A popular drug used to control unruly children should be dumped in favour of training parents in psychological techniques to better cope with their offspring.
New guidelines from the National Institute for Health and Clinical Excellence (NICE) say methylphenidate, better known as the stimulant Ritalin, should be eschewed wherever possible and not given at all to the under-fives.
The controversial treatment has been widely used to calm down hyperactive children diagnosed with attention deficit hyperactivity disorder (ADHD).
Dr Tim Kendall, who is joint director of the National Collaborating Centre for Mental Health, and helped draw up the guidelines, said: “People tend to revert to offering methylphenidate or atomoxetene, not always because there’s a good balance of risk and benefits, but because the child has got what appears to be ADHD and that’s what’s available.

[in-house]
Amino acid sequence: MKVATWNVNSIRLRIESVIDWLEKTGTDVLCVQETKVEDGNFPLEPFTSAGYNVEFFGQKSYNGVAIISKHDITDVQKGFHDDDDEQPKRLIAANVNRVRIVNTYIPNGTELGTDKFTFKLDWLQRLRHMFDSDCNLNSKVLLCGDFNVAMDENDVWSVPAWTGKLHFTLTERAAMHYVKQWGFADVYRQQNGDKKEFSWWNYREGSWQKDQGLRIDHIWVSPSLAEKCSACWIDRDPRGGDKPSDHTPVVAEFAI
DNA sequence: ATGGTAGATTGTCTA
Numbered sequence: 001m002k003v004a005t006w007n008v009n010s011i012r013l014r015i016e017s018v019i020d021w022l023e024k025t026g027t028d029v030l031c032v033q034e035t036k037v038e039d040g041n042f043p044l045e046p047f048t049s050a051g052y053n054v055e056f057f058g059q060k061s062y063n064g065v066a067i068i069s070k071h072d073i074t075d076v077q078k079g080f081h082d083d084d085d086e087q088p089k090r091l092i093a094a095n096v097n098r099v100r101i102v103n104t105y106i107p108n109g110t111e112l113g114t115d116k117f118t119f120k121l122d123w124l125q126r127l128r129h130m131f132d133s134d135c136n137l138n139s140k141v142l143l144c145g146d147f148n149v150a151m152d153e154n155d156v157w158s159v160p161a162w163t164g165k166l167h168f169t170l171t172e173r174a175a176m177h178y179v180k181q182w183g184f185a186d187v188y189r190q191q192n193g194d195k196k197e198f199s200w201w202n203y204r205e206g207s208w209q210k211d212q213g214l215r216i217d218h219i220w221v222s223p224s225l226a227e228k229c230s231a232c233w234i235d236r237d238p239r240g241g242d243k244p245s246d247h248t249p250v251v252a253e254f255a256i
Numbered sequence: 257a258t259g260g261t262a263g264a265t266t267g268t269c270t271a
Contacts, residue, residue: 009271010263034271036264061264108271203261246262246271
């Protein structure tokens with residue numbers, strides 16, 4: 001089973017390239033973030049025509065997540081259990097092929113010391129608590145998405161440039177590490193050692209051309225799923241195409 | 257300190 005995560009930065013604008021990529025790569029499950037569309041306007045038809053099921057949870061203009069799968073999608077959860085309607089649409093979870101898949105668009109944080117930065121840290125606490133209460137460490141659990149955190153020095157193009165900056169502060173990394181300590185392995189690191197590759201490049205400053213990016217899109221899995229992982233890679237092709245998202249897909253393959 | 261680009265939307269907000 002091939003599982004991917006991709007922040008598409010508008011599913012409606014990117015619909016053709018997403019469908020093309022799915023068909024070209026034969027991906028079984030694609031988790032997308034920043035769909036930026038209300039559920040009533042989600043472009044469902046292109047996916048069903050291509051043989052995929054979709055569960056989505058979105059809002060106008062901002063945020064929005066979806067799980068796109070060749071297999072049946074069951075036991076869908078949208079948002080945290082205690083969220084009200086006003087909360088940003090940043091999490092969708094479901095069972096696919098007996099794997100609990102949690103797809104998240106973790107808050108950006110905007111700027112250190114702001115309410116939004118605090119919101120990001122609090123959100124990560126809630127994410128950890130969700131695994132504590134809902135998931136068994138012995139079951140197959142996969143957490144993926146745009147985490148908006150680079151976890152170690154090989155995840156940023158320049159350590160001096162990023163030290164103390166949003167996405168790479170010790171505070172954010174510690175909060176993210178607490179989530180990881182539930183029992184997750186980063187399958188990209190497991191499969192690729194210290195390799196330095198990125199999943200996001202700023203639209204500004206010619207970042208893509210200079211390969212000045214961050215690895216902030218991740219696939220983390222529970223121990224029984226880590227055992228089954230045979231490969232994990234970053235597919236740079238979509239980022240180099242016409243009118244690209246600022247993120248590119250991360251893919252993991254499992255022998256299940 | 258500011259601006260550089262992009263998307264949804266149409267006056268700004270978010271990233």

“Its easier to prescribe a drug when other options like parent training programmes are not available.”
Drugs remain a first option for children and young people with severe ADHD under the guidelines, but only as part of a comprehensive treatment plan that includes psychological and behavioural interventions. They should never be given to children under the age of five, the guidance says.
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